Skip to Main Content

We have a new app!

Take the Access library with you wherever you go—easy access to books, videos, images, podcasts, personalized features, and more.

Download the Access App here: iOS and Android


Chief Complaint

Urgency and nocturia 4-5 times a night. “My medications do not seem to be working as well as they used to.”

History of Present Illness

This patient has benign prostatic hypertrophy (BPH) and has been taking tamsulosin 0.8 mg PO daily and finasteride 5 mg PO daily for at least two years. However, the patient now feels that his medications are not working, and he has to wear pads in his underclothes to prevent urinary leaking.

Student Work-Up

|Download (.pdf)|Print

Missing Information?


Patient Database

Drug Therapy Problems

Care Plan (by Problem)


  1. Review the AUA Symptom Score and urologic test results from this patient’s clinic visit today. What do the results imply about the severity of this patient’s BPH and the patient’s response to treatment?

    Hint: See Tables 52-1 and Pathophysiology in PPP.

  2. Tamsulosin is a modified release formulation. What are the clinical advantages of this formulation over the immediate release formulation?

    Hint: See Treatment in PPP.

  3. This patient is taking tamsulosin 0.8 mg daily. Is this dose justified in this patient? Explain your response.

    Hint: See Table 52-4 in PPP.

  4. This patient’s prostate gland is 50 g despite a treatment course of finasteride. Has the patient had an adequate clinical trial of finasteride?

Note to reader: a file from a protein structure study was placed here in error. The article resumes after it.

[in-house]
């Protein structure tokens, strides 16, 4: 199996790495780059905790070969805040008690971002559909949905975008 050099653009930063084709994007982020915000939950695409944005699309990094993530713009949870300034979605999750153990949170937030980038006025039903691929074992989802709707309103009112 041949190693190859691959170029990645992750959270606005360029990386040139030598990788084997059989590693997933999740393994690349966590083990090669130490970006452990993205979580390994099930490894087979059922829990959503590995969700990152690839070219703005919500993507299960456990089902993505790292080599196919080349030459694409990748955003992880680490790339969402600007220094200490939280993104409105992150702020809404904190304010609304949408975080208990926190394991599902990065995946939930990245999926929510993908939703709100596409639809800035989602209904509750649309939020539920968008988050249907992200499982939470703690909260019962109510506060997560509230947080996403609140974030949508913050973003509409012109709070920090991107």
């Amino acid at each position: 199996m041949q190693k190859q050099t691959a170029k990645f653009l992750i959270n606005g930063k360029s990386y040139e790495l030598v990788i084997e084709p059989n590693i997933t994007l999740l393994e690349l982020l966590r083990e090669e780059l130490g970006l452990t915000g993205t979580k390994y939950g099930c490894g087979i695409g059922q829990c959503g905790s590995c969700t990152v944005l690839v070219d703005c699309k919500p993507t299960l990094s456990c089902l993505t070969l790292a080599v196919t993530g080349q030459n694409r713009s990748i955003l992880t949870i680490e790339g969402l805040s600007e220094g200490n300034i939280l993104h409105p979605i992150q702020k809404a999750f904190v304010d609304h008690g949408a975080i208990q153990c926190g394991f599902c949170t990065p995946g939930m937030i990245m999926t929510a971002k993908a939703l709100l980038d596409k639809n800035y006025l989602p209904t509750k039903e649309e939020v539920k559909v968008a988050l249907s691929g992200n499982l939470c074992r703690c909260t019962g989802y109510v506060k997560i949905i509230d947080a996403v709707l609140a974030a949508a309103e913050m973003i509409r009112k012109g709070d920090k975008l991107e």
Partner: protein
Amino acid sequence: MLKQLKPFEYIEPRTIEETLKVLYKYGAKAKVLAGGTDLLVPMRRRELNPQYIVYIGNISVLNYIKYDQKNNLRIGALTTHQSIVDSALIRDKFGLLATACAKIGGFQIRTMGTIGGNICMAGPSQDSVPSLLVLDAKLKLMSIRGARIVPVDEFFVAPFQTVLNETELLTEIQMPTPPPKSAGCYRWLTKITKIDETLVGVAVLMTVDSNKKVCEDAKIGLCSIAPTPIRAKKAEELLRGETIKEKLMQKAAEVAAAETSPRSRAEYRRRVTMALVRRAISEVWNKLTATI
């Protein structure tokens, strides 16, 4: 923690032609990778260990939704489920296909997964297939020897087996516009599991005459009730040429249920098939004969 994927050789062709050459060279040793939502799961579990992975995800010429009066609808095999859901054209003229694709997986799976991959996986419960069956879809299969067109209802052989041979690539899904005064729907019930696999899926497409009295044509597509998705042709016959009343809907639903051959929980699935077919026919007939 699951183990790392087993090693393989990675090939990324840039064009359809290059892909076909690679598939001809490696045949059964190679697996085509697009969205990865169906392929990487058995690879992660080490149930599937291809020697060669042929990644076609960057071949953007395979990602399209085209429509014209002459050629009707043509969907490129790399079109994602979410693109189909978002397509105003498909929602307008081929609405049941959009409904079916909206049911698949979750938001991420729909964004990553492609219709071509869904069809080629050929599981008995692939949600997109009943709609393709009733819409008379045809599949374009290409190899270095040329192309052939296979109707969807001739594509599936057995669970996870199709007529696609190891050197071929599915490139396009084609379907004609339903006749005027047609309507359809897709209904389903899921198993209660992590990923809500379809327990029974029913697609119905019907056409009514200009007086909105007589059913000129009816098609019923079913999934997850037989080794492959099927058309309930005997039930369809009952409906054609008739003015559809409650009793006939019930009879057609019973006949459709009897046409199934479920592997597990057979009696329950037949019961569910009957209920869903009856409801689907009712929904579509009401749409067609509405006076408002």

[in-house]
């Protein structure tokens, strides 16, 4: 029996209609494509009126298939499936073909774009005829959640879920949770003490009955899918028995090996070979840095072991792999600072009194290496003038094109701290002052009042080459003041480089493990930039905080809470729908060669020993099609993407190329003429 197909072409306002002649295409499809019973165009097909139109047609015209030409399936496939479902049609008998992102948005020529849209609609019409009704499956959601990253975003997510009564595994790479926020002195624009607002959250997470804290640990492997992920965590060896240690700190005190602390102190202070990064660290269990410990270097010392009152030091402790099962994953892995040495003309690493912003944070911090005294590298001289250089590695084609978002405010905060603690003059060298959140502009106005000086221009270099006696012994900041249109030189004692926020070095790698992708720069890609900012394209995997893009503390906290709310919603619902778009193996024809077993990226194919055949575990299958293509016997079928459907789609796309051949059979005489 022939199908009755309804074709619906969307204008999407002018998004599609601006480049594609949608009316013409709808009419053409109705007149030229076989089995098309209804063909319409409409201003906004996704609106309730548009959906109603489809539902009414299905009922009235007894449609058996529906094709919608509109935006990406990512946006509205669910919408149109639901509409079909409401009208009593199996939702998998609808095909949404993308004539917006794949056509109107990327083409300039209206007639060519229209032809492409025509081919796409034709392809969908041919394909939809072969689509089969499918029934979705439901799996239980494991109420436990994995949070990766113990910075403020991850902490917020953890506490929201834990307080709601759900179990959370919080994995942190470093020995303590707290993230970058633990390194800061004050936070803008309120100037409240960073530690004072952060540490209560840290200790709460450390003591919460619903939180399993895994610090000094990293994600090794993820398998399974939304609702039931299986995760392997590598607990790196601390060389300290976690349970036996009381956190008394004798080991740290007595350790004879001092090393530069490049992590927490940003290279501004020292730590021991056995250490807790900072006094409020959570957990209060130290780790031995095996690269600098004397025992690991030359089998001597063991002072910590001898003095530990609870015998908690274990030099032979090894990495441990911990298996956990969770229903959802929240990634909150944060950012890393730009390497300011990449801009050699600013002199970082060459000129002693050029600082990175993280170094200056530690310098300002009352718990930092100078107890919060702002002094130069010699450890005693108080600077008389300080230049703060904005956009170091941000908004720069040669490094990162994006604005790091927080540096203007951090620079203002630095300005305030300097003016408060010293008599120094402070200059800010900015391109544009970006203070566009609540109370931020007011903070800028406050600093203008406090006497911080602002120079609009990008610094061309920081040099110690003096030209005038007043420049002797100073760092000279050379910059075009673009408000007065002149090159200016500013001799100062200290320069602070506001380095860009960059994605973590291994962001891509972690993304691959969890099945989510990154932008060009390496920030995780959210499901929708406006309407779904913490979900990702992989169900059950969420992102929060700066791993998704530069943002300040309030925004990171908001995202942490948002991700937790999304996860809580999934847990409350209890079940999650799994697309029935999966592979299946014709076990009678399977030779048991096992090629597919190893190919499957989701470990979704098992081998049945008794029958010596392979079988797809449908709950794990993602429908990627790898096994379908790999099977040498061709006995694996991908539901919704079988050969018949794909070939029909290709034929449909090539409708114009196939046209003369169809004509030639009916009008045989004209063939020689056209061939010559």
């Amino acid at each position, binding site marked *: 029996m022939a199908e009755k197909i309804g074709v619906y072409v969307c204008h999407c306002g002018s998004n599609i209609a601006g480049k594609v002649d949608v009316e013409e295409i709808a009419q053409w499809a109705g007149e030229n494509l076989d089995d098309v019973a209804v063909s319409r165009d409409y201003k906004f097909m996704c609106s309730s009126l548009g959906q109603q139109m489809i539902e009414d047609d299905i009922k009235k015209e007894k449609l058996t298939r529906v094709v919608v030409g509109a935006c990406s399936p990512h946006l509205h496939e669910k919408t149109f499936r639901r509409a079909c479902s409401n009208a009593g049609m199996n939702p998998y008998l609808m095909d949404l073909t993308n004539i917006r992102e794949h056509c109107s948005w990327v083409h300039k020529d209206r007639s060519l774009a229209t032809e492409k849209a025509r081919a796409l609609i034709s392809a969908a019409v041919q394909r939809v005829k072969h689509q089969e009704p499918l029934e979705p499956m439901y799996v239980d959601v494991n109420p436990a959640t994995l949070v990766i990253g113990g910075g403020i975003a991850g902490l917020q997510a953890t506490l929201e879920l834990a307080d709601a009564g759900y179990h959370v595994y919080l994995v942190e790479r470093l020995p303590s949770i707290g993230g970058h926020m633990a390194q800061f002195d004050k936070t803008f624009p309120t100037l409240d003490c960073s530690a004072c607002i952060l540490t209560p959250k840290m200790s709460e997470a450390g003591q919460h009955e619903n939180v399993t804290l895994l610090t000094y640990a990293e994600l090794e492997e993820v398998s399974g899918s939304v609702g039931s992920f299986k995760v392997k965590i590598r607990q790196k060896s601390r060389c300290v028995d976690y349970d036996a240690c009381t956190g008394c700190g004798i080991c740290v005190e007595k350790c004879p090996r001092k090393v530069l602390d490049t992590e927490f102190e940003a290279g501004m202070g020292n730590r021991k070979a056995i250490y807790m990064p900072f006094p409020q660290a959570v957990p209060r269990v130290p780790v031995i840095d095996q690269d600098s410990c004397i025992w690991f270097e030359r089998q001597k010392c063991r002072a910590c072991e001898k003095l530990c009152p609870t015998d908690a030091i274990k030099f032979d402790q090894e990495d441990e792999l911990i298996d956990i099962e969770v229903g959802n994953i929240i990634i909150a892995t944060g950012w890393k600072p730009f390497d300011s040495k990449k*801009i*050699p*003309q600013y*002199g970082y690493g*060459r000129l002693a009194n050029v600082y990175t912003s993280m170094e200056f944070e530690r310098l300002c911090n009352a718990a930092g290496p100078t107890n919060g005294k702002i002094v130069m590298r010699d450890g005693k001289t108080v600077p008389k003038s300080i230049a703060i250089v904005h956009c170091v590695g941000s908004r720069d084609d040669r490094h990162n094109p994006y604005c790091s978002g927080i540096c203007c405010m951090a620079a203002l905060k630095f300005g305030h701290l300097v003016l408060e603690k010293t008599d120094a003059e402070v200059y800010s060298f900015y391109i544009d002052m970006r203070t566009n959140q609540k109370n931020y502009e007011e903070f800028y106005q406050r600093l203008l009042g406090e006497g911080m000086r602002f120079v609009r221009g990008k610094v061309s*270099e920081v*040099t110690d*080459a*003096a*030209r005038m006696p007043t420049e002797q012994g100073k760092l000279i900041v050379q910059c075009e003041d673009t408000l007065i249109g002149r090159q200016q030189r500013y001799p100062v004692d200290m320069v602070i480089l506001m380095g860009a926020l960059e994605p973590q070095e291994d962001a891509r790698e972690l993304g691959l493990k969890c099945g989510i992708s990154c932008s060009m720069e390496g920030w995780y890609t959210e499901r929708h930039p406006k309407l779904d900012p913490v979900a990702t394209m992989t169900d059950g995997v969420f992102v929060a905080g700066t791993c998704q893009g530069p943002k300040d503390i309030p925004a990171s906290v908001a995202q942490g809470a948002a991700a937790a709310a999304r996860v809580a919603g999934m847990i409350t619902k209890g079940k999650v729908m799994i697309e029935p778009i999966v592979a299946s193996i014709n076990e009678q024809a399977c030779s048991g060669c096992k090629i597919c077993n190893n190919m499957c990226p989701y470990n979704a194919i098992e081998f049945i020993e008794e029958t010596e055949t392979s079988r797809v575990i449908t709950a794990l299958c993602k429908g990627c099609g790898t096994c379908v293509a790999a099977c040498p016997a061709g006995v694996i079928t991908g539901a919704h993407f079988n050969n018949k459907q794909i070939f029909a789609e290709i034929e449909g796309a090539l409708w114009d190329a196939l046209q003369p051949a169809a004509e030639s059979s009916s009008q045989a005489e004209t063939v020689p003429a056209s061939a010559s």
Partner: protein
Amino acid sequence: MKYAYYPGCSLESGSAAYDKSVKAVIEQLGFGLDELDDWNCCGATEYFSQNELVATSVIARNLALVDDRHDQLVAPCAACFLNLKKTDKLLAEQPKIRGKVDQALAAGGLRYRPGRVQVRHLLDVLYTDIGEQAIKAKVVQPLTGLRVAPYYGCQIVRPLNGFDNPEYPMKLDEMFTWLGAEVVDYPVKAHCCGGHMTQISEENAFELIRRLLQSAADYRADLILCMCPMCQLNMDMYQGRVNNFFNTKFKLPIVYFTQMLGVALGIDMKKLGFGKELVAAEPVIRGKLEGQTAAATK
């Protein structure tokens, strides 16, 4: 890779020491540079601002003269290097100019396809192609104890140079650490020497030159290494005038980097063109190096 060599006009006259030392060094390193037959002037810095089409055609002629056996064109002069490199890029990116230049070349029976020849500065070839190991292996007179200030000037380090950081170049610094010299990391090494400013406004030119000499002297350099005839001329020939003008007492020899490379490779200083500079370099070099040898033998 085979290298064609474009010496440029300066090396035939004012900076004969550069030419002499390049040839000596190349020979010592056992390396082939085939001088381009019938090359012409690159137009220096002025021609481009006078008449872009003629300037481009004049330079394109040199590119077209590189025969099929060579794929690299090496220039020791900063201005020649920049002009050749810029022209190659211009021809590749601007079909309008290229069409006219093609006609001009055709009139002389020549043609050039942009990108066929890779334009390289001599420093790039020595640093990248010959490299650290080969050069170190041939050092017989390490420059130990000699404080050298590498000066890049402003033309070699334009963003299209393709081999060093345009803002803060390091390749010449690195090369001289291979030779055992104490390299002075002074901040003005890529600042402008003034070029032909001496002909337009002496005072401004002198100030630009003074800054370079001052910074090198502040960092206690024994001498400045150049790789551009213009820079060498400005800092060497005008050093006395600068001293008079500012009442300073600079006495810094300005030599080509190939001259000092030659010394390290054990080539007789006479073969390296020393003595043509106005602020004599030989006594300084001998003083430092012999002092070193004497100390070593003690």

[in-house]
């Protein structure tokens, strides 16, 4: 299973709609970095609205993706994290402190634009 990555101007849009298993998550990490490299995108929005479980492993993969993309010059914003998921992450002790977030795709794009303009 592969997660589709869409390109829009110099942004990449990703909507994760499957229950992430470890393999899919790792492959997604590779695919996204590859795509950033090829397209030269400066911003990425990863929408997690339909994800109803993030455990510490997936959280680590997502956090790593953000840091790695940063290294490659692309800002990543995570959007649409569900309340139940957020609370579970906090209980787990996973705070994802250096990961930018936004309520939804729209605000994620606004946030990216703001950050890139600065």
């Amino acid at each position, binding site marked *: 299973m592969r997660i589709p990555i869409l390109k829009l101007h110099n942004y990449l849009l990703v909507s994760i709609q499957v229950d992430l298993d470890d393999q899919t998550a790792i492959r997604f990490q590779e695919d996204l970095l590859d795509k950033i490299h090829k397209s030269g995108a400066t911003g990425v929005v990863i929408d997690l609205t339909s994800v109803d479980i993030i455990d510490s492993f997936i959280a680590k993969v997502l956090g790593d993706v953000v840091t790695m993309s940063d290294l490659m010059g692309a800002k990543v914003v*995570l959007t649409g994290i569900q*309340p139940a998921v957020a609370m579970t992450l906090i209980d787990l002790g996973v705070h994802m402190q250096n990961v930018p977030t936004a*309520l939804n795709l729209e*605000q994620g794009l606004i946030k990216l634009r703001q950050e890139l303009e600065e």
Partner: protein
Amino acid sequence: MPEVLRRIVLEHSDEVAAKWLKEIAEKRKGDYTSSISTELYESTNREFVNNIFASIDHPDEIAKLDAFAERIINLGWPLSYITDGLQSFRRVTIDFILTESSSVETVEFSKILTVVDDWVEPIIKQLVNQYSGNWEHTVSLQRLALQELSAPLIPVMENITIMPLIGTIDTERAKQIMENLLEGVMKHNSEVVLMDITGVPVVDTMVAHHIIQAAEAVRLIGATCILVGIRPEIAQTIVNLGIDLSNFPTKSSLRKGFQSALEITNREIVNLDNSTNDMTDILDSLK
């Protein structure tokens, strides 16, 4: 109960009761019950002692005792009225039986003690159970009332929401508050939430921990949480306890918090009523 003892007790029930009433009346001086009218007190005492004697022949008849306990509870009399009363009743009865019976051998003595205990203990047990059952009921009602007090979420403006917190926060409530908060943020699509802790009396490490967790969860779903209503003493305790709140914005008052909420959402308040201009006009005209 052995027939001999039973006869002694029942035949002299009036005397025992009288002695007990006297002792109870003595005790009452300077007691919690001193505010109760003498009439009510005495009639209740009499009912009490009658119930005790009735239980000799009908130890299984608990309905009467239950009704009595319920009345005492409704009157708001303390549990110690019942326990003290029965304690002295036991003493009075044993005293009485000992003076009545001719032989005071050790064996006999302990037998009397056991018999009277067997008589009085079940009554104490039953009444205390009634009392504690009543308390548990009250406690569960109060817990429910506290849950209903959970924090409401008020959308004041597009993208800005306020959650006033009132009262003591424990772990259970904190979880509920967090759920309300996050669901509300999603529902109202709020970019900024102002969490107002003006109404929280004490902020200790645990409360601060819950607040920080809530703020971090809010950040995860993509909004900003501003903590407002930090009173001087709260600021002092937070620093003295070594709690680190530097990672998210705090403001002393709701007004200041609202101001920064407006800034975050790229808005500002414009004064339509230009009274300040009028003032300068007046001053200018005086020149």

Hint: See Treatment in PPP.

  5. The patient’s physician prescribes mirabegron 25 mg daily. Explain the rationale for using mirabegron in this patient. Explain how mirabegron may worsen blood pressure control in this patient.

    Hint: See Treatment in PPP.

  6. Would sildenafil be expected to help relieve LUTS?

    Hint: See Treatment in PPP.


Discuss the indications for, and advantages and disadvantages of combination drug therapy for BPH

Hint: See Treatment in PPP.


Global Perspective

When symptoms are moderate to severe, drug therapy is indicated. α - Adrenergic antagonists quickly relieve LUTS, but do not prevent disease progression. 5α-reductase inhibitors delay symptom progression and reduce the incidence of BPH-related complications in patients with prostates of at least 30 to 40 g but may not reduce voiding symptoms for 3 to 6 months. However, BPH may be progressive in some patients. Additional drug therapy may be needed for worsening LUTS. Furthermore, if the patient develops complications of BPH, including recurrent urinary tract infection, hematuria, or renal impairment, then surgery is the treatment of choice.

Key References

1. +
Lerner  LB, McVary  KT, Barry  MJ, Bixler  BR, Dahm  P, Das  AK,  et al. Management of lower urinary tract symptoms attributed to benign prostatic hyperplasia: AUA Guideline Part I-Initial work-up and ...

Pop-up div Successfully Displayed

This div only appears when the trigger link is hovered over. Otherwise it is hidden from view.